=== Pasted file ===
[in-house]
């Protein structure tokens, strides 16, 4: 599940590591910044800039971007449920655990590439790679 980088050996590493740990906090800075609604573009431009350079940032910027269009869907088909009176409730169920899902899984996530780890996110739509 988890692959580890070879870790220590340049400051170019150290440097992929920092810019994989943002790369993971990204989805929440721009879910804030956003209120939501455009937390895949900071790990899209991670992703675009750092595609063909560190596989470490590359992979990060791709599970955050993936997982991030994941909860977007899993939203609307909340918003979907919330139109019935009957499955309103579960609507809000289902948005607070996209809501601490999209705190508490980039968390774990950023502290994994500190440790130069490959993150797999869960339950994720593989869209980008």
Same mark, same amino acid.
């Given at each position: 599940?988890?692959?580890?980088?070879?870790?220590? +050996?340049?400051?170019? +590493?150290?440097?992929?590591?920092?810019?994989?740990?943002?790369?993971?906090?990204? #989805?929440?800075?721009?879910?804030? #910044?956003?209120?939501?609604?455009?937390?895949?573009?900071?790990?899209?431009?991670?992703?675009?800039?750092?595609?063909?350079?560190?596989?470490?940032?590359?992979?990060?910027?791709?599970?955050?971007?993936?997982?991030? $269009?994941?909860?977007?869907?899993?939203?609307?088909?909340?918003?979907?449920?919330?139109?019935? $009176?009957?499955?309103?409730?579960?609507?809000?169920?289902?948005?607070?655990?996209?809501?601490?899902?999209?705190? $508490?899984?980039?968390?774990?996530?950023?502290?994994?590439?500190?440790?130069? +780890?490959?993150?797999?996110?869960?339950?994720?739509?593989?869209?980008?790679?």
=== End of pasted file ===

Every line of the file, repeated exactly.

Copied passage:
[in-house]
């Protein structure tokens, strides 16, 4: 599940590591910044800039971007449920655990590439790679 980088050996590493740990906090800075609604573009431009350079940032910027269009869907088909009176409730169920899902899984996530780890996110739509 988890692959580890070879870790220590340049400051170019150290440097992929920092810019994989943002790369993971990204989805929440721009879910804030956003209120939501455009937390895949900071790990899209991670992703675009750092595609063909560190596989470490590359992979990060791709599970955050993936997982991030994941909860977007899993939203609307909340918003979907919330139109019935009957499955309103579960609507809000289902948005607070996209809501601490999209705190508490980039968390774990950023502290994994500190440790130069490959993150797999869960339950994720593989869209980008």
Same mark, same amino acid.
């Given at each position: 599940?988890?692959?580890?980088?070879?870790?220590? +050996?340049?400051?170019? +590493?150290?440097?992929?590591?920092?810019?994989?740990?943002?790369?993971?906090?990204? #989805?929440?800075?721009?879910?804030? #910044?956003?209120?939501?609604?455009?937390?895949?573009?900071?790990?899209?431009?991670?992703?675009?800039?750092?595609?063909?350079?560190?596989?470490?940032?590359?992979?990060?910027?791709?599970?955050?971007?993936?997982?991030? $269009?994941?909860?977007?869907?899993?939203?609307?088909?909340?918003?979907?449920?919330?139109?019935? $009176?009957?499955?309103?409730?579960?609507?809000?169920?289902?948005?607070?655990?996209?809501?601490?899902?999209?705190? $508490?899984?980039?968390?774990?996530?950023?502290?994994?590439?500190?440790?130069? +780890?490959?993150?797999?996110?869960?339950?994720?739509?593989?869209?980008?790679?």